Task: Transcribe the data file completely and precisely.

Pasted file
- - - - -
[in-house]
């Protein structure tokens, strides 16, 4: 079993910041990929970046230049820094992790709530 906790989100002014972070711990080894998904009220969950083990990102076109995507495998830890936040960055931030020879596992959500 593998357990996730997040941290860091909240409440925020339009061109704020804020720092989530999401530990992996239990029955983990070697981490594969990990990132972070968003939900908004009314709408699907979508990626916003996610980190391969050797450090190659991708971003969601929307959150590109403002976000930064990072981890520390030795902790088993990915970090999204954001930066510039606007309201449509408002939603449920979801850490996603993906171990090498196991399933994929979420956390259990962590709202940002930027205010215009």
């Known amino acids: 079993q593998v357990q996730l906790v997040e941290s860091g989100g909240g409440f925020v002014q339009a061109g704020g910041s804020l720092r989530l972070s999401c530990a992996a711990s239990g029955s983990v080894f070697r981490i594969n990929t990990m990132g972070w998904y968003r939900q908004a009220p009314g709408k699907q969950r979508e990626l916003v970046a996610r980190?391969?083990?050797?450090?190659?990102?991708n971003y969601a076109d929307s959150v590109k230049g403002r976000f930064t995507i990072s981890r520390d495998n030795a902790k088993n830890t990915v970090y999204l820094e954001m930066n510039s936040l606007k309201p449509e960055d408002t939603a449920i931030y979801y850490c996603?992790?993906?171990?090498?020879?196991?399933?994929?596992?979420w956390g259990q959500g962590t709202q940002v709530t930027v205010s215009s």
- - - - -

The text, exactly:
[in-house]
């Protein structure tokens, strides 16, 4: 079993910041990929970046230049820094992790709530 906790989100002014972070711990080894998904009220969950083990990102076109995507495998830890936040960055931030020879596992959500 593998357990996730997040941290860091909240409440925020339009061109704020804020720092989530999401530990992996239990029955983990070697981490594969990990990132972070968003939900908004009314709408699907979508990626916003996610980190391969050797450090190659991708971003969601929307959150590109403002976000930064990072981890520390030795902790088993990915970090999204954001930066510039606007309201449509408002939603449920979801850490996603993906171990090498196991399933994929979420956390259990962590709202940002930027205010215009």
């Known amino acids: 079993q593998v357990q996730l906790v997040e941290s860091g989100g909240g409440f925020v002014q339009a061109g704020g910041s804020l720092r989530l972070s999401c530990a992996a711990s239990g029955s983990v080894f070697r981490i594969n990929t990990m990132g972070w998904y968003r939900q908004a009220p009314g709408k699907q969950r979508e990626l916003v970046a996610r980190?391969?083990?050797?450090?190659?990102?991708n971003y969601a076109d929307s959150v590109k230049g403002r976000f930064t995507i990072s981890r520390d495998n030795a902790k088993n830890t990915v970090y999204l820094e954001m930066n510039s936040l606007k309201p449509e960055d408002t939603a449920i931030y979801y850490c996603?992790?993906?171990?090498?020879?196991?399933?994929?596992?979420w956390g259990q959500g962590t709202q940002v709530t930027v205010s215009s």